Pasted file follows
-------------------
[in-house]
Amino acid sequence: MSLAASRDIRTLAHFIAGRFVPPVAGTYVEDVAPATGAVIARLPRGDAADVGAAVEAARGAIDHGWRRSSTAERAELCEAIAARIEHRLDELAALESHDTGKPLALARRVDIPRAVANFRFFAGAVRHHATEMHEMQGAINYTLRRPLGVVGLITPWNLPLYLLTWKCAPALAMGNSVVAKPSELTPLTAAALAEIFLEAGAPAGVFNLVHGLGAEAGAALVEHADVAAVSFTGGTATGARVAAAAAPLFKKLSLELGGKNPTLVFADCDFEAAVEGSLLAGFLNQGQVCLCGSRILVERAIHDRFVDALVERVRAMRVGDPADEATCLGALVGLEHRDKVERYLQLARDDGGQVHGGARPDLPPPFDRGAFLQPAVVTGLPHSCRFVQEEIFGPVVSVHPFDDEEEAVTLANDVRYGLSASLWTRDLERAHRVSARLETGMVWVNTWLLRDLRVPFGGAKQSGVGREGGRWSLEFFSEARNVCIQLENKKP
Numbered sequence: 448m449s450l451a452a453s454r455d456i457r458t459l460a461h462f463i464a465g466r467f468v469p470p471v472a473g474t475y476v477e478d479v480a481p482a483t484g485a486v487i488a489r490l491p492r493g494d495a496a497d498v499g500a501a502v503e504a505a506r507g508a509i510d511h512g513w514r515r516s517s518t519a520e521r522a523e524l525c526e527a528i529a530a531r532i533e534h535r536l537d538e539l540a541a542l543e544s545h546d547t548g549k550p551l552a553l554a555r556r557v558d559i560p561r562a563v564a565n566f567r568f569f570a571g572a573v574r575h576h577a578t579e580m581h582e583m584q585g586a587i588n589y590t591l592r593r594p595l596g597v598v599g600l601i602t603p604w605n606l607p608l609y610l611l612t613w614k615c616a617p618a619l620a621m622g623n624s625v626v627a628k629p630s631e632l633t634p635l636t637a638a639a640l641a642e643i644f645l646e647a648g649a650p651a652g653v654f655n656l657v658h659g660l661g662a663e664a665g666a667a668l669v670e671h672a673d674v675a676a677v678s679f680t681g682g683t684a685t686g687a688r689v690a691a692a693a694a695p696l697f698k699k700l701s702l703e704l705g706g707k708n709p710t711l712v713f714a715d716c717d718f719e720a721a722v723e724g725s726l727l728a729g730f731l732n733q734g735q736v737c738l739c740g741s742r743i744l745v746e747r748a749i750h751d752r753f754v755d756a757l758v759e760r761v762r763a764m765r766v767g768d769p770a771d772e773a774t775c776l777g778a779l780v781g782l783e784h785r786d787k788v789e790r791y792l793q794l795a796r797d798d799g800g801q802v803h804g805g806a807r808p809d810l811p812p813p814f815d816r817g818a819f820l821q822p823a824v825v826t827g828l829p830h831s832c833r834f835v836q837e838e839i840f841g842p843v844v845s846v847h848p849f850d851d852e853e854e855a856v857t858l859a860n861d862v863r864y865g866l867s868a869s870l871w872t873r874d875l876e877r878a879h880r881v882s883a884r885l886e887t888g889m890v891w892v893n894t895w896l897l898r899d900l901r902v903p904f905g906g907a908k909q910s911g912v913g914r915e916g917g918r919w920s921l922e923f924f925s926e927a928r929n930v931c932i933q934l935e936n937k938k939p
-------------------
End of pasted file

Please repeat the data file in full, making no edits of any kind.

[in-house]
Amino acid sequence: MSLAASRDIRTLAHFIAGRFVPPVAGTYVEDVAPATGAVIARLPRGDAADVGAAVEAARGAIDHGWRRSSTAERAELCEAIAARIEHRLDELAALESHDTGKPLALARRVDIPRAVANFRFFAGAVRHHATEMHEMQGAINYTLRRPLGVVGLITPWNLPLYLLTWKCAPALAMGNSVVAKPSELTPLTAAALAEIFLEAGAPAGVFNLVHGLGAEAGAALVEHADVAAVSFTGGTATGARVAAAAAPLFKKLSLELGGKNPTLVFADCDFEAAVEGSLLAGFLNQGQVCLCGSRILVERAIHDRFVDALVERVRAMRVGDPADEATCLGALVGLEHRDKVERYLQLARDDGGQVHGGARPDLPPPFDRGAFLQPAVVTGLPHSCRFVQEEIFGPVVSVHPFDDEEEAVTLANDVRYGLSASLWTRDLERAHRVSARLETGMVWVNTWLLRDLRVPFGGAKQSGVGREGGRWSLEFFSEARNVCIQLENKKP
Numbered sequence: 448m449s450l451a452a453s454r455d456i457r458t459l460a461h462f463i464a465g466r467f468v469p470p471v472a473g474t475y476v477e478d479v480a481p482a483t484g485a486v487i488a489r490l491p492r493g494d495a496a497d498v499g500a501a502v503e504a505a506r507g508a509i510d511h512g513w514r515r516s517s518t519a520e521r522a523e524l525c526e527a528i529a530a531r532i533e534h535r536l537d538e539l540a541a542l543e544s545h546d547t548g549k550p551l552a553l554a555r556r557v558d559i560p561r562a563v564a565n566f567r568f569f570a571g572a573v574r575h576h577a578t579e580m581h582e583m584q585g586a587i588n589y590t591l592r593r594p595l596g597v598v599g600l601i602t603p604w605n606l607p608l609y610l611l612t613w614k615c616a617p618a619l620a621m622g623n624s625v626v627a628k629p630s631e632l633t634p635l636t637a638a639a640l641a642e643i644f645l646e647a648g649a650p651a652g653v654f655n656l657v658h659g660l661g662a663e664a665g666a667a668l669v670e671h672a673d674v675a676a677v678s679f680t681g682g683t684a685t686g687a688r689v690a691a692a693a694a695p696l697f698k699k700l701s702l703e704l705g706g707k708n709p710t711l712v713f714a715d716c717d718f719e720a721a722v723e724g725s726l727l728a729g730f731l732n733q734g735q736v737c738l739c740g741s742r743i744l745v746e747r748a749i750h751d752r753f754v755d756a757l758v759e760r761v762r763a764m765r766v767g768d769p770a771d772e773a774t775c776l777g778a779l780v781g782l783e784h785r786d787k788v789e790r791y792l793q794l795a796r797d798d799g800g801q802v803h804g805g806a807r808p809d810l811p812p813p814f815d816r817g818a819f820l821q822p823a824v825v826t827g828l829p830h831s832c833r834f835v836q837e838e839i840f841g842p843v844v845s846v847h848p849f850d851d852e853e854e855a856v857t858l859a860n861d862v863r864y865g866l867s868a869s870l871w872t873r874d875l876e877r878a879h880r881v882s883a884r885l886e887t888g889m890v891w892v893n894t895w896l897l898r899d900l901r902v903p904f905g906g907a908k909q910s911g912v913g914r915e916g917g918r919w920s921l922e923f924f925s926e927a928r929n930v931c932i933q934l935e936n937k938k939p